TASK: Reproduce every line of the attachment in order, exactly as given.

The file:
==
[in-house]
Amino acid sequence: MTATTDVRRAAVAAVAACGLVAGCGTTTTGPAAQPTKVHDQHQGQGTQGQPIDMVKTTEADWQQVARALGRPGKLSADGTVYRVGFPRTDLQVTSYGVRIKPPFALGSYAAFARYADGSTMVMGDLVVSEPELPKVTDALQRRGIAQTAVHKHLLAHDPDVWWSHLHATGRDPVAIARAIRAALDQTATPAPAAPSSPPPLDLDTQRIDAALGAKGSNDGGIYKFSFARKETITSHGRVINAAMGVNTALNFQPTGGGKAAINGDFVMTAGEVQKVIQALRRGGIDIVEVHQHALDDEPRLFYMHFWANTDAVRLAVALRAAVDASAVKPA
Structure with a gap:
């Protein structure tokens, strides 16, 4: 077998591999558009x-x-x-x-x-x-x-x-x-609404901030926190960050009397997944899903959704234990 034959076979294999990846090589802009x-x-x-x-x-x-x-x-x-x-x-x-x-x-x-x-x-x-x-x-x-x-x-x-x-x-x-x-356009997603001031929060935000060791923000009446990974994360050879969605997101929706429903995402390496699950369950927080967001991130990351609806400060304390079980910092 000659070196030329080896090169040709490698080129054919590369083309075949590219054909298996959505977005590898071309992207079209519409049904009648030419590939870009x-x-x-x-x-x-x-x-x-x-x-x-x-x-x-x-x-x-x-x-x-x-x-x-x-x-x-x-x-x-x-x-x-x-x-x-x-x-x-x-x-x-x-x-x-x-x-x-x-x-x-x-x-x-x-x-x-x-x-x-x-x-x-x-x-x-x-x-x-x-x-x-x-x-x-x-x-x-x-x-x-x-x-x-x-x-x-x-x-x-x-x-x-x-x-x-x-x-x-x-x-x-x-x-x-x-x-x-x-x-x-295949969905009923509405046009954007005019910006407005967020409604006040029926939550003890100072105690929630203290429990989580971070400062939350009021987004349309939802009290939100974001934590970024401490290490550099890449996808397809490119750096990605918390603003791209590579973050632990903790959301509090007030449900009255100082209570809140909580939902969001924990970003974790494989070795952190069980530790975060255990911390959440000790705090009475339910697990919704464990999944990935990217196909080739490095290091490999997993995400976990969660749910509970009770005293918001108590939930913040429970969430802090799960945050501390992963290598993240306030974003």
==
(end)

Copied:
[in-house]
Amino acid sequence: MTATTDVRRAAVAAVAACGLVAGCGTTTTGPAAQPTKVHDQHQGQGTQGQPIDMVKTTEADWQQVARALGRPGKLSADGTVYRVGFPRTDLQVTSYGVRIKPPFALGSYAAFARYADGSTMVMGDLVVSEPELPKVTDALQRRGIAQTAVHKHLLAHDPDVWWSHLHATGRDPVAIARAIRAALDQTATPAPAAPSSPPPLDLDTQRIDAALGAKGSNDGGIYKFSFARKETITSHGRVINAAMGVNTALNFQPTGGGKAAINGDFVMTAGEVQKVIQALRRGGIDIVEVHQHALDDEPRLFYMHFWANTDAVRLAVALRAAVDASAVKPA
Structure with a gap:
């Protein structure tokens, strides 16, 4: 077998591999558009x-x-x-x-x-x-x-x-x-609404901030926190960050009397997944899903959704234990 034959076979294999990846090589802009x-x-x-x-x-x-x-x-x-x-x-x-x-x-x-x-x-x-x-x-x-x-x-x-x-x-x-x-356009997603001031929060935000060791923000009446990974994360050879969605997101929706429903995402390496699950369950927080967001991130990351609806400060304390079980910092 000659070196030329080896090169040709490698080129054919590369083309075949590219054909298996959505977005590898071309992207079209519409049904009648030419590939870009x-x-x-x-x-x-x-x-x-x-x-x-x-x-x-x-x-x-x-x-x-x-x-x-x-x-x-x-x-x-x-x-x-x-x-x-x-x-x-x-x-x-x-x-x-x-x-x-x-x-x-x-x-x-x-x-x-x-x-x-x-x-x-x-x-x-x-x-x-x-x-x-x-x-x-x-x-x-x-x-x-x-x-x-x-x-x-x-x-x-x-x-x-x-x-x-x-x-x-x-x-x-x-x-x-x-x-x-x-x-x-295949969905009923509405046009954007005019910006407005967020409604006040029926939550003890100072105690929630203290429990989580971070400062939350009021987004349309939802009290939100974001934590970024401490290490550099890449996808397809490119750096990605918390603003791209590579973050632990903790959301509090007030449900009255100082209570809140909580939902969001924990970003974790494989070795952190069980530790975060255990911390959440000790705090009475339910697990919704464990999944990935990217196909080739490095290091490999997993995400976990969660749910509970009770005293918001108590939930913040429970969430802090799960945050501390992963290598993240306030974003």